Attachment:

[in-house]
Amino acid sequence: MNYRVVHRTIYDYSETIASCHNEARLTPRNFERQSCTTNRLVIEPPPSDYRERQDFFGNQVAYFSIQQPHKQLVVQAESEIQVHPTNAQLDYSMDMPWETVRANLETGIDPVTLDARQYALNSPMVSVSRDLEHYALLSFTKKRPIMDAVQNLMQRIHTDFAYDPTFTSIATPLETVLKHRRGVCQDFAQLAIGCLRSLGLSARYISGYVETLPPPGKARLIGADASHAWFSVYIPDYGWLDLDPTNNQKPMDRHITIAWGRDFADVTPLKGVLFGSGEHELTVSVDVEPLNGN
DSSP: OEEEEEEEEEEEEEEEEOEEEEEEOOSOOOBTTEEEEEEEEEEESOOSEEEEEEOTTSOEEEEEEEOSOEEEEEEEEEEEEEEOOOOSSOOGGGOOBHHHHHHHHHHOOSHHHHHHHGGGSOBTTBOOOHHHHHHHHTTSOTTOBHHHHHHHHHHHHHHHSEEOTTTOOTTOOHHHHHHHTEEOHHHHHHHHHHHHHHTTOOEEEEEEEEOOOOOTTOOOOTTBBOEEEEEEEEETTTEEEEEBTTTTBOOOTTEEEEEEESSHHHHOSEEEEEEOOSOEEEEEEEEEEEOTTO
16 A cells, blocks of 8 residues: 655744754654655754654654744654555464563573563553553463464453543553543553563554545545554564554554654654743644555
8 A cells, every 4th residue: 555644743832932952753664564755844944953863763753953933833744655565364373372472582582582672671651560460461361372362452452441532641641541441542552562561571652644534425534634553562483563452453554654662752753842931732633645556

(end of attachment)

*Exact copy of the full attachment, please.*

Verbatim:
[in-house]
Amino acid sequence: MNYRVVHRTIYDYSETIASCHNEARLTPRNFERQSCTTNRLVIEPPPSDYRERQDFFGNQVAYFSIQQPHKQLVVQAESEIQVHPTNAQLDYSMDMPWETVRANLETGIDPVTLDARQYALNSPMVSVSRDLEHYALLSFTKKRPIMDAVQNLMQRIHTDFAYDPTFTSIATPLETVLKHRRGVCQDFAQLAIGCLRSLGLSARYISGYVETLPPPGKARLIGADASHAWFSVYIPDYGWLDLDPTNNQKPMDRHITIAWGRDFADVTPLKGVLFGSGEHELTVSVDVEPLNGN
DSSP: OEEEEEEEEEEEEEEEEOEEEEEEOOSOOOBTTEEEEEEEEEEESOOSEEEEEEOTTSOEEEEEEEOSOEEEEEEEEEEEEEEOOOOSSOOGGGOOBHHHHHHHHHHOOSHHHHHHHGGGSOBTTBOOOHHHHHHHHTTSOTTOBHHHHHHHHHHHHHHHSEEOTTTOOTTOOHHHHHHHTEEOHHHHHHHHHHHHHHTTOOEEEEEEEEOOOOOTTOOOOTTBBOEEEEEEEEETTTEEEEEBTTTTBOOOTTEEEEEEESSHHHHOSEEEEEEOOSOEEEEEEEEEEEOTTO
16 A cells, blocks of 8 residues: 655744754654655754654654744654555464563573563553553463464453543553543553563554545545554564554554654654743644555
8 A cells, every 4th residue: 555644743832932952753664564755844944953863763753953933833744655565364373372472582582582672671651560460461361372362452452441532641641541441542552562561571652644534425534634553562483563452453554654662752753842931732633645556